(Reuters) - OxyContin maker Purdue Pharma LP, facing a wave of lawsuits blaming it for helping fuel the U.S. opioid epidemic, said on Wednesday it had laid off about 350 employees this week including the remainder of its already-downsized sales force.
The Stamford, Connecticut-based pharmaceutical manufacturer said about half of the affected employees were part of its sales force, which had already seen cuts announced in February when Purdue said it would stop promoting opioids to physicians.
At the time, Purdue said its remaining 200 sales representatives would focus on promoting on non-opioid products. The layoffs, adding to 380 employees who left the company earlier this year, will leave Purdue with about 550 employees as the company says it is shifting to focus on pursuing new drugs.
“Purdue Pharma is taking significant steps to transform and diversify beyond our historic focus of pain medications,” Purdue said in a statement.
Opioids were involved in more than 42,000 overdose deaths in the United States in 2016, according to the U.S. Centers for Disease Control and Prevention.
Privately-held Purdue and other opioid manufacturers have been fighting hundreds of lawsuits by states, counties and cities accusing the companies of pushing addictive painkillers through deceptive marketing.
The lawsuits have generally accused Purdue of deceiving doctors and patients by misrepresenting the risks of addiction and death associated with the prolonged use of its prescription opioids. The company denies the allegations.
While Purdue has engaged in settlement talks with a group of state attorneys general conducting an investigation into it and other opioid manufacturers, a growing number of states have chosen to instead take the company to court.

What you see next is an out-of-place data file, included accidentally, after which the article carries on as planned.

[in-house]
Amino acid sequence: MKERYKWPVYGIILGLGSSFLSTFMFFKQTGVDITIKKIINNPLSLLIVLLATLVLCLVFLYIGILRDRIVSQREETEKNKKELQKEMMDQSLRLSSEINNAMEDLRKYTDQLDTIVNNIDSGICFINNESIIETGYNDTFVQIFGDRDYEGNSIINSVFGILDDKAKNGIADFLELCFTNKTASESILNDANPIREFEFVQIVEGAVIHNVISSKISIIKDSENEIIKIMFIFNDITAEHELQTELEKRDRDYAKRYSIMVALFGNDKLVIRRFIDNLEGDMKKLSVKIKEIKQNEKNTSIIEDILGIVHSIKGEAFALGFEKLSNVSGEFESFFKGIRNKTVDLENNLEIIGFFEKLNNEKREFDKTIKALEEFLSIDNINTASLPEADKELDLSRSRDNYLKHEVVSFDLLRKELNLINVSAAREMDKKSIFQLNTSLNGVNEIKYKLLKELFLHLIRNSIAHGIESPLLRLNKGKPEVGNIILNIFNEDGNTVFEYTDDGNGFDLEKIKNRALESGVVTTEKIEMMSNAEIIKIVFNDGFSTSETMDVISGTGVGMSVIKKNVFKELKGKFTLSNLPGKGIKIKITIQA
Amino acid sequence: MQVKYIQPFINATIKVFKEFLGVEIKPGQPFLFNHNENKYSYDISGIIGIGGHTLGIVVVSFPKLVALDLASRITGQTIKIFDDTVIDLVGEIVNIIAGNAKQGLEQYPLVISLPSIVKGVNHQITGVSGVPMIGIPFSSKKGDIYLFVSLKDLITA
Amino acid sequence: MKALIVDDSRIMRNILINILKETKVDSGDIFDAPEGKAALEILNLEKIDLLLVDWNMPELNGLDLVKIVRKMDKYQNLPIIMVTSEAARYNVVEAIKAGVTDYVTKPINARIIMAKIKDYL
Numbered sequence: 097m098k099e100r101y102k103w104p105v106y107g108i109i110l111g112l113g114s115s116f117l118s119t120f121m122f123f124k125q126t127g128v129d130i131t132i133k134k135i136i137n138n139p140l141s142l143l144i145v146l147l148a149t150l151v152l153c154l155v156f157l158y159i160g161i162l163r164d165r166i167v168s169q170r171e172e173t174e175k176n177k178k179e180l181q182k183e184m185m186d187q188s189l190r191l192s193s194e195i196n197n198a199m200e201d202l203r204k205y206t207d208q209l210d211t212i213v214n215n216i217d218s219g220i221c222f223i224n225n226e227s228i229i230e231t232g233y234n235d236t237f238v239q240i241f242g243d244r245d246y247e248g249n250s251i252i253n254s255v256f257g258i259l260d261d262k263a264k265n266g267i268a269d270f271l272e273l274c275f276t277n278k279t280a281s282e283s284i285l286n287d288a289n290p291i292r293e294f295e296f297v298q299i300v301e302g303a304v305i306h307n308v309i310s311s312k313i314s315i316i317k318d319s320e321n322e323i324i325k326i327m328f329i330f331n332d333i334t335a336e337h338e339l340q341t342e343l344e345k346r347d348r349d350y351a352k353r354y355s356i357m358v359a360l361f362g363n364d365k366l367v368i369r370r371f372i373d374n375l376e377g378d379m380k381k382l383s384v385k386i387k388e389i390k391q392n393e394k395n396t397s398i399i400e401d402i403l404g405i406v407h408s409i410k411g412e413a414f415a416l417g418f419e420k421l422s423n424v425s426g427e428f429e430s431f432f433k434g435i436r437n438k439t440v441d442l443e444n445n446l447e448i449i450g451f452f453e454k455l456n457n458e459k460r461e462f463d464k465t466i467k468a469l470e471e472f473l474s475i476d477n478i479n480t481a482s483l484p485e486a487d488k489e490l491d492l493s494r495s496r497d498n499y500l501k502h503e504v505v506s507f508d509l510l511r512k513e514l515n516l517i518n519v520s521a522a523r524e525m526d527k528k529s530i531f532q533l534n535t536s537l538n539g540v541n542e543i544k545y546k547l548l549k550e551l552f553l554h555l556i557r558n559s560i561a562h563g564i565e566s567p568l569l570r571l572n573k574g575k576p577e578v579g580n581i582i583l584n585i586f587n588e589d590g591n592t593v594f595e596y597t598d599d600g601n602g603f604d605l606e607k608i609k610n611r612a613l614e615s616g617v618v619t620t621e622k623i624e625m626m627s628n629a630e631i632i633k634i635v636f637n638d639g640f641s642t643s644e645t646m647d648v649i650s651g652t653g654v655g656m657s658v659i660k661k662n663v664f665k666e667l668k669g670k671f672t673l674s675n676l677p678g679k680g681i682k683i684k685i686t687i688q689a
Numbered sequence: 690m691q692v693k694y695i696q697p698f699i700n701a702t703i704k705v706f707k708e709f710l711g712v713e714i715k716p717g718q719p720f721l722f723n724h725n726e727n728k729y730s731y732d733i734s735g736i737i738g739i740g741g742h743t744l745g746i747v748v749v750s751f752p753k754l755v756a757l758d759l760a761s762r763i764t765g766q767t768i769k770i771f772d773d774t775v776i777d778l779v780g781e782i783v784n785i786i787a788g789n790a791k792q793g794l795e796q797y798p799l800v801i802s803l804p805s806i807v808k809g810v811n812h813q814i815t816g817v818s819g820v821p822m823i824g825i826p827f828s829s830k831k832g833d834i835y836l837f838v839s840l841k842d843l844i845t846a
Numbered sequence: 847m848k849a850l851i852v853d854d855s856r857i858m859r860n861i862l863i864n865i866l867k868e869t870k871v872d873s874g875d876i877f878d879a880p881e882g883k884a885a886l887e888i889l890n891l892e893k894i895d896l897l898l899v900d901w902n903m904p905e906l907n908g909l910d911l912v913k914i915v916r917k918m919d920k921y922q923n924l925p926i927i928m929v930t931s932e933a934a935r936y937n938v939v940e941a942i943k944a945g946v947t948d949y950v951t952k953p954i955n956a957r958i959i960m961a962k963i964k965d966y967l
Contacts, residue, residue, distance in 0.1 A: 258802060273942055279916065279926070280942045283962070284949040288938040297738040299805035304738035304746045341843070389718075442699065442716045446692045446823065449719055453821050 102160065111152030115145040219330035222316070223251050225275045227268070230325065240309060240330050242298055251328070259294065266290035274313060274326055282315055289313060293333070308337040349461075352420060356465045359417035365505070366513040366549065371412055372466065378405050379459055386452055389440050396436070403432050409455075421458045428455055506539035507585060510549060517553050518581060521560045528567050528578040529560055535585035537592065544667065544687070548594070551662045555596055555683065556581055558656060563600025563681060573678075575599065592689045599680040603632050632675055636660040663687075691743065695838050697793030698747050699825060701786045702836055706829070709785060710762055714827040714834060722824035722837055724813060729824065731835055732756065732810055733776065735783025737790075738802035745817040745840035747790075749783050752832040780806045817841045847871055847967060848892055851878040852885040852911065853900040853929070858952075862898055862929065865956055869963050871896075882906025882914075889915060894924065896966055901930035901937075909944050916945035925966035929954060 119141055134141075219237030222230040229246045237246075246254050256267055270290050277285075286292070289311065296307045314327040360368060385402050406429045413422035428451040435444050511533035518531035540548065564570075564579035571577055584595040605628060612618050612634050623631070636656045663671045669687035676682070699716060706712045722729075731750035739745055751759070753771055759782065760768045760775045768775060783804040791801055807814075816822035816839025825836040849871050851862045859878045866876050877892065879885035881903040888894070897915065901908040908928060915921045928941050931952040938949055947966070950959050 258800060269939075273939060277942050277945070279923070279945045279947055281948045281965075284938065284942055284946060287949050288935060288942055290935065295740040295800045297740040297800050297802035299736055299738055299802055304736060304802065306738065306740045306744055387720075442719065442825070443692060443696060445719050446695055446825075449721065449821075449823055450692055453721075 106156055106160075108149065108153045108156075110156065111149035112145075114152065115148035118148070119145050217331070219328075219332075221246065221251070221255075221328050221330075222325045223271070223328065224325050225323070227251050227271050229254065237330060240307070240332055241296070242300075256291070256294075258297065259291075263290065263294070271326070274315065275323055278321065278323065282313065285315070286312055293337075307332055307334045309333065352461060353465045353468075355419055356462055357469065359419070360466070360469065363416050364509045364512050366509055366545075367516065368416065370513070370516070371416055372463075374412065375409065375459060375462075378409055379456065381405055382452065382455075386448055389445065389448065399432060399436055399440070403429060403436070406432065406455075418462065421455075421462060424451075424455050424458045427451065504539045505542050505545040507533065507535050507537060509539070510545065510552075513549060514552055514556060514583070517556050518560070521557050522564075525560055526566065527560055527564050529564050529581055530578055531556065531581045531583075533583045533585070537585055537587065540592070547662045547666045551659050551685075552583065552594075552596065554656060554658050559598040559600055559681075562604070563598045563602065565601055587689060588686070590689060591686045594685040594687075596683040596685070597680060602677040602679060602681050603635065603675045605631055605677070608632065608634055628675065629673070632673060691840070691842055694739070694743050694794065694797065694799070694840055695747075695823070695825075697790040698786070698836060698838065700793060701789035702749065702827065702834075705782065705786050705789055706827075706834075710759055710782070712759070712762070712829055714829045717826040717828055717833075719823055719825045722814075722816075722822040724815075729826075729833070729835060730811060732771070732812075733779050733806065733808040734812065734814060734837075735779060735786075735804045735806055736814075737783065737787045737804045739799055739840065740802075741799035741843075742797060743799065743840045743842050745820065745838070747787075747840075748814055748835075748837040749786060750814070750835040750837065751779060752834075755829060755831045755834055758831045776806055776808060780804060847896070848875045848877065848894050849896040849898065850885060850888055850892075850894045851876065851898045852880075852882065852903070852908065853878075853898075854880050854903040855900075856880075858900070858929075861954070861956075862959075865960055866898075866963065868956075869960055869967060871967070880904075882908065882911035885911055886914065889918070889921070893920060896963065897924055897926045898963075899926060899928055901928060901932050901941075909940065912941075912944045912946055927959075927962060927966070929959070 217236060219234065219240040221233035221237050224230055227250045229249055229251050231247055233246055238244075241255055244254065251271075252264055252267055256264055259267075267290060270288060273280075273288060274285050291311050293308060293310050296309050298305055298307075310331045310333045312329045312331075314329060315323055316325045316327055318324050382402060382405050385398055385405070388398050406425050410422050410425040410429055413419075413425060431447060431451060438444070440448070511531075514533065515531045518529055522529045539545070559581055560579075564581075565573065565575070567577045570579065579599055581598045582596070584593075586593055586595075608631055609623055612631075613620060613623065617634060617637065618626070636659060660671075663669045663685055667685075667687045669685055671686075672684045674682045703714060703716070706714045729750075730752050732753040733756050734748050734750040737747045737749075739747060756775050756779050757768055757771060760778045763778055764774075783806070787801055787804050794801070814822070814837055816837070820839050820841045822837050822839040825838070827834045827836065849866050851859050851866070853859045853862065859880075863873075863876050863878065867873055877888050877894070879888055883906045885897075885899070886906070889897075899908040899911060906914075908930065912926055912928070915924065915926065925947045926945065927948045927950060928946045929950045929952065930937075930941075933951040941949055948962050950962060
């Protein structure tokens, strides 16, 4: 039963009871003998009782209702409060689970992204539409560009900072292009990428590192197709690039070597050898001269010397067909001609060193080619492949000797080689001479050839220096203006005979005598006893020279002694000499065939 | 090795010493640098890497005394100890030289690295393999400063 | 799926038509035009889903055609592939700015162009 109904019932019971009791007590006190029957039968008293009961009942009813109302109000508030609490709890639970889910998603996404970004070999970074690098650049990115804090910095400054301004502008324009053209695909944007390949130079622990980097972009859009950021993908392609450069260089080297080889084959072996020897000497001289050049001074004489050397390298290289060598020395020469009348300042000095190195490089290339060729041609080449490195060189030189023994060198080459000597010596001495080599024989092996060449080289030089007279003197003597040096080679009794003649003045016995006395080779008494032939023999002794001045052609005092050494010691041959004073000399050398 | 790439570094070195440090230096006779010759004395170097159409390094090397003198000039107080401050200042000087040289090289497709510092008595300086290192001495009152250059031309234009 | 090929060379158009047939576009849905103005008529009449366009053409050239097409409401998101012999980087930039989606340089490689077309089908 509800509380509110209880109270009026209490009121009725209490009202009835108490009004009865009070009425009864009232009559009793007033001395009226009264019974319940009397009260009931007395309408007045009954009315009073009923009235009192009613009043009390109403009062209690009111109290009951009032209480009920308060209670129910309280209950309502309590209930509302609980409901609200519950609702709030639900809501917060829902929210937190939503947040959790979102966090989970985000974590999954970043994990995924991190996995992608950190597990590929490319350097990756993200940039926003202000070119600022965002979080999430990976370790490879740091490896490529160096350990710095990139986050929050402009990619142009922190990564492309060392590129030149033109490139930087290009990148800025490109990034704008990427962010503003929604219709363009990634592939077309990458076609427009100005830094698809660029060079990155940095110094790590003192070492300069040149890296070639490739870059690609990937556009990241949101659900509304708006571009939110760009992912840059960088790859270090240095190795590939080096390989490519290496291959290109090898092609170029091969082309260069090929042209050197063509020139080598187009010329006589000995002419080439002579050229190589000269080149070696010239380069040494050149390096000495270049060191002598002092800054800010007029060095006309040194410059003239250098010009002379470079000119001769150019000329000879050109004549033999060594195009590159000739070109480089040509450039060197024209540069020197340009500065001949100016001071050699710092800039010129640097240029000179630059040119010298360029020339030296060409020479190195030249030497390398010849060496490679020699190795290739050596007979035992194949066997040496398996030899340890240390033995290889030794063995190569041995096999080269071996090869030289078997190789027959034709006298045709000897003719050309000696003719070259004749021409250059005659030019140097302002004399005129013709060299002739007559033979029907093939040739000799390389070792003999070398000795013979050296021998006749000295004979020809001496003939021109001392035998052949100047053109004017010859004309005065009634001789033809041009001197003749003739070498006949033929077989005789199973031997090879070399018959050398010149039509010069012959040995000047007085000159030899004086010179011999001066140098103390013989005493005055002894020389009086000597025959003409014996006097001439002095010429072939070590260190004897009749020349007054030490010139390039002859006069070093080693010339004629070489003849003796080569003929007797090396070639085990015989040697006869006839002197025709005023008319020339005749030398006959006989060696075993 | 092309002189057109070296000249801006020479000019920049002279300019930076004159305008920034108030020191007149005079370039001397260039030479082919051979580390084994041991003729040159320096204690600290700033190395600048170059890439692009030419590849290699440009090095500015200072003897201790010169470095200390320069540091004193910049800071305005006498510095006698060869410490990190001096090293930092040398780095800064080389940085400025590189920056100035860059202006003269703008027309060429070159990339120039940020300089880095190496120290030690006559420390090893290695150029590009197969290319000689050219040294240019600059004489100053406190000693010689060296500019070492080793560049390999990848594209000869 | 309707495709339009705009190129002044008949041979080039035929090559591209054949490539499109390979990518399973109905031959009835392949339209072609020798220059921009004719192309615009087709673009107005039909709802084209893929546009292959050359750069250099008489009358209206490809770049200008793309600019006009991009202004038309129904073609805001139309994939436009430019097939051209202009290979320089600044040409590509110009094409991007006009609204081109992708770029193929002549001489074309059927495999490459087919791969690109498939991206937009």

In total, Purdue faces lawsuits by 24 states and the territory of Puerto Rico.
Most recently, Massachusetts Attorney General Maura Healey on June 12 sued Purdue and 16 current or former Purdue executives and board members, including members of the wealthy Sackler family, which owns the company.
Purdue and three executives pleaded guilty in 2007 to federal charges related to the misbranding of OxyContin and agreed to pay a total of $634.5 million in penalties.
Sales of OxyContin have been declining in recent years. OxyContin generated $1.74 billion in sales in 2017, down from $2.6 billion five years earlier, according to data compiled by Symphony Health Solutions.
Purdue continues to sell opioids. It has been directing doctors with opioid-related questions to its medical affairs department.
(This version of the story corrects spelling of Stamford in second paragraph)
Reporting by Nate Raymond in Boston; Editing by Frances Kerry